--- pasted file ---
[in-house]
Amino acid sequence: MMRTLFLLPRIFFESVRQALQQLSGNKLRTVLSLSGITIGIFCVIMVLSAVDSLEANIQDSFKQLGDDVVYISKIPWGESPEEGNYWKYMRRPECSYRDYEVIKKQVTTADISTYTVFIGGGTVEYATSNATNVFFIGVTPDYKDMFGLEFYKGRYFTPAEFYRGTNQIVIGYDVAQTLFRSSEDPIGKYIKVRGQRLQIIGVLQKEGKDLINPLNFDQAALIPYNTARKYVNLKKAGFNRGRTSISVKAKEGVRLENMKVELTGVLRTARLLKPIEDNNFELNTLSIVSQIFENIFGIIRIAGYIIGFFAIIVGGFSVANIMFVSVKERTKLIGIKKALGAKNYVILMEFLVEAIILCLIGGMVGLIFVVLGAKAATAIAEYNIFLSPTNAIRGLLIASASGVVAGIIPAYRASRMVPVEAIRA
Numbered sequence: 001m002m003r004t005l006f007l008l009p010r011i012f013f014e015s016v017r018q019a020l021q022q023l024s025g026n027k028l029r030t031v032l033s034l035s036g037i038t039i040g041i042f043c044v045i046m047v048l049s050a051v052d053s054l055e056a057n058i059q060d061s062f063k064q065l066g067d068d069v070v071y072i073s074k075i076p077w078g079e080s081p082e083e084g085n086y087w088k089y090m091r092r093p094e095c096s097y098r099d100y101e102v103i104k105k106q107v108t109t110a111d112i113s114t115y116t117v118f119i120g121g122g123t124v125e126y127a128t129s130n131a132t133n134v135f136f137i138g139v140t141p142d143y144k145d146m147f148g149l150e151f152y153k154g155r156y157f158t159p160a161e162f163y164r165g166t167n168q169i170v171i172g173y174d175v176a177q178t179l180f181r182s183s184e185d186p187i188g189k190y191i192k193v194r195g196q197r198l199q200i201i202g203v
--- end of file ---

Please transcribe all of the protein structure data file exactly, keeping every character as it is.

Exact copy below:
[in-house]
Amino acid sequence: MMRTLFLLPRIFFESVRQALQQLSGNKLRTVLSLSGITIGIFCVIMVLSAVDSLEANIQDSFKQLGDDVVYISKIPWGESPEEGNYWKYMRRPECSYRDYEVIKKQVTTADISTYTVFIGGGTVEYATSNATNVFFIGVTPDYKDMFGLEFYKGRYFTPAEFYRGTNQIVIGYDVAQTLFRSSEDPIGKYIKVRGQRLQIIGVLQKEGKDLINPLNFDQAALIPYNTARKYVNLKKAGFNRGRTSISVKAKEGVRLENMKVELTGVLRTARLLKPIEDNNFELNTLSIVSQIFENIFGIIRIAGYIIGFFAIIVGGFSVANIMFVSVKERTKLIGIKKALGAKNYVILMEFLVEAIILCLIGGMVGLIFVVLGAKAATAIAEYNIFLSPTNAIRGLLIASASGVVAGIIPAYRASRMVPVEAIRA
Numbered sequence: 001m002m003r004t005l006f007l008l009p010r011i012f013f014e015s016v017r018q019a020l021q022q023l024s025g026n027k028l029r030t031v032l033s034l035s036g037i038t039i040g041i042f043c044v045i046m047v048l049s050a051v052d053s054l055e056a057n058i059q060d061s062f063k064q065l066g067d068d069v070v071y072i073s074k075i076p077w078g079e080s081p082e083e084g085n086y087w088k089y090m091r092r093p094e095c096s097y098r099d100y101e102v103i104k105k106q107v108t109t110a111d112i113s114t115y116t117v118f119i120g121g122g123t124v125e126y127a128t129s130n131a132t133n134v135f136f137i138g139v140t141p142d143y144k145d146m147f148g149l150e151f152y153k154g155r156y157f158t159p160a161e162f163y164r165g166t167n168q169i170v171i172g173y174d175v176a177q178t179l180f181r182s183s184e185d186p187i188g189k190y191i192k193v194r195g196q197r198l199q200i201i202g203v